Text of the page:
Transat Jacques Vabre preview

James Boyd Photography /
Evil Monday night ahead; the Class 40 where Team Concise is flying the flag for the UK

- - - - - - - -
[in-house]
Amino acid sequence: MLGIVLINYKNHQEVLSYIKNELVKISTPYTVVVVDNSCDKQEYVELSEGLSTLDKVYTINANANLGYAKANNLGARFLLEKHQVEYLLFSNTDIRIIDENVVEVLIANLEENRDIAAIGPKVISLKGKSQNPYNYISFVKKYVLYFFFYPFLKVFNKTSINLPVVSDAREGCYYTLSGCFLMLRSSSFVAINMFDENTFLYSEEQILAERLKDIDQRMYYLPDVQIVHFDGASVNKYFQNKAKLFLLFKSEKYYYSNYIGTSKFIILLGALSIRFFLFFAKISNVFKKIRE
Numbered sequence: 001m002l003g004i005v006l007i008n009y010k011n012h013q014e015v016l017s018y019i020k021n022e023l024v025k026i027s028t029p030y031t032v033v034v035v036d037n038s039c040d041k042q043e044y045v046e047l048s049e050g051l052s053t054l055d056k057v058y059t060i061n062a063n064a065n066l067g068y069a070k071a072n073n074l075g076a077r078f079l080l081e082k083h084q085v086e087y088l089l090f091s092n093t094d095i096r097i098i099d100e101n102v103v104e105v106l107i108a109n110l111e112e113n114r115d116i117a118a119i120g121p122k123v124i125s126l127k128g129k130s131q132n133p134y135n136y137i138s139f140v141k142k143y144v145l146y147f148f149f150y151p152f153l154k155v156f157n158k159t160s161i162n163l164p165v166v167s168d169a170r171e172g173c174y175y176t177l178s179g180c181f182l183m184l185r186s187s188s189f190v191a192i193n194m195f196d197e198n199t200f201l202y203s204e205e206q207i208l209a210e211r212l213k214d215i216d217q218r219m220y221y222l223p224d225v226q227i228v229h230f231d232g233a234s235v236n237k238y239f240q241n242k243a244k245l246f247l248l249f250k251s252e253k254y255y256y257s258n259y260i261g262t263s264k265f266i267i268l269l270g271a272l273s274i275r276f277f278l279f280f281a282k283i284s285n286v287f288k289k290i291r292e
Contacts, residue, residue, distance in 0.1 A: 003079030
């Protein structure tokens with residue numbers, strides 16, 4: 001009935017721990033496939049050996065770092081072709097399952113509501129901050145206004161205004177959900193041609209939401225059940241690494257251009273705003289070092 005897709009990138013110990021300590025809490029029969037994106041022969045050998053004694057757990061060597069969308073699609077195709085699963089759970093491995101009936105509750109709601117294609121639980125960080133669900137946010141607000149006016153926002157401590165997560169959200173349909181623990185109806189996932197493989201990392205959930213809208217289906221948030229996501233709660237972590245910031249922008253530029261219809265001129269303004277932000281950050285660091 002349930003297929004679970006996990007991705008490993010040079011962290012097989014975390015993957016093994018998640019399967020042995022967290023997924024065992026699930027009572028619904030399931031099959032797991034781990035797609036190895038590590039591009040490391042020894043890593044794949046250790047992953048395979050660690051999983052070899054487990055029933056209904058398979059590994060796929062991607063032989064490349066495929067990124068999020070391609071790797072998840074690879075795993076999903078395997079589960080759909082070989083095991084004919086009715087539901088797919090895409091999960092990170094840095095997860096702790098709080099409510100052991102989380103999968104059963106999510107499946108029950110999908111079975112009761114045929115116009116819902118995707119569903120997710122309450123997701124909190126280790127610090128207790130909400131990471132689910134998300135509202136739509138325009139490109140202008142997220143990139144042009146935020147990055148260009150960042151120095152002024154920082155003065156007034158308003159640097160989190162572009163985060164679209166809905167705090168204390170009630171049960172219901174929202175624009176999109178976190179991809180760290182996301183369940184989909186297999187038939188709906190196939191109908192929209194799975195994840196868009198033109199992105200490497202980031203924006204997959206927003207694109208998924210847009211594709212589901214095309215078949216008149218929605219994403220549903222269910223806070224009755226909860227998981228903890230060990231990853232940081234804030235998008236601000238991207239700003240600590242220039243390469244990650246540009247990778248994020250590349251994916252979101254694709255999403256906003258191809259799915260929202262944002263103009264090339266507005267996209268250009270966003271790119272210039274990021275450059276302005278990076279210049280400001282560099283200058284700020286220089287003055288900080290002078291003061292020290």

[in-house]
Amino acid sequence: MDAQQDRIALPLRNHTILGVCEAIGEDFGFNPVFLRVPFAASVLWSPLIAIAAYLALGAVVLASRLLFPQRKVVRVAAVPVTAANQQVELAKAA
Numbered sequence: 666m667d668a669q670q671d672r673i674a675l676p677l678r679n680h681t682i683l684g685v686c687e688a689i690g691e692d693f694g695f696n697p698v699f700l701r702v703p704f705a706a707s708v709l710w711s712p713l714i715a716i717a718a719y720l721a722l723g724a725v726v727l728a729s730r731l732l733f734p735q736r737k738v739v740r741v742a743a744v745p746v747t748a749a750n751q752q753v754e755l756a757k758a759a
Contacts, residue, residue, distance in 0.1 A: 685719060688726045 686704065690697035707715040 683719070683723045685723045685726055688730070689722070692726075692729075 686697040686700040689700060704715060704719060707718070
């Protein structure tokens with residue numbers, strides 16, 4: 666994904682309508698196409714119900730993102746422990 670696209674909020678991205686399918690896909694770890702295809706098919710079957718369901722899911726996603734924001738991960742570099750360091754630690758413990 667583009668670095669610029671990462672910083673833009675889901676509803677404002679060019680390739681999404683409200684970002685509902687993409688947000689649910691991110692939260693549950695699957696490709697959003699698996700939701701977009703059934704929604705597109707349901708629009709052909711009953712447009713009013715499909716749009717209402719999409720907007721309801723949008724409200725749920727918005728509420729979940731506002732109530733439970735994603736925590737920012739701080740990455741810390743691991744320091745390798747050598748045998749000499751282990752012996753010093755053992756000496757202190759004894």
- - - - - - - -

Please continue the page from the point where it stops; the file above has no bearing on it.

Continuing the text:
For the 46 boats taking part in the doublehanded Transat Jacques Vabre that sets sail from Le Havre tomorrow bound for Itajai, Brazil, it will be a case of 'calm before the storm'. The forecast has been changing wholescale all week, but the main focus has been on a severe depression cruising in from the mid-Atlantic (as is normal at this time of year). At present the centre of this low is measuring an ear popping 968mB… Rather than beating seven bells out of the competitors as they head down the Channel tomorrow night, instead the depression and its associated fronts have been held up by a giant area of high pressure, that, come start time tomorrow, is forecast to be centred over Le Havre. However this high is scheduled to shift east rapidly tomorrow with SSEerlies filling in behind it. Despite this, the depression (and its associated fronts) are forecast to remain halted to the west of Ireland and the GRIB files are showing the boats having to take on 40+ knot winds before they can break through the fronts and the wind veers into the northwest, enabling them to tack south. Start time... However as Edmond de Rothschild skipper Seb Josse explains, it is not the wind, but the waves, that are going to be heinous: “The conditions forecast for 36 hours after the start are very bad for our boats. Overnight on Monday and through into Tuesday, we’re going to cross a depression. Prior to this, there will be a southerly wind, while afterwards it will kick in from the north. This change will happen so quickly that the seas won’t have time to reorganise themselves - that means the heavy southerly sea with 7-8m waves will continue and then be transformed into a cross sea and finally a northerly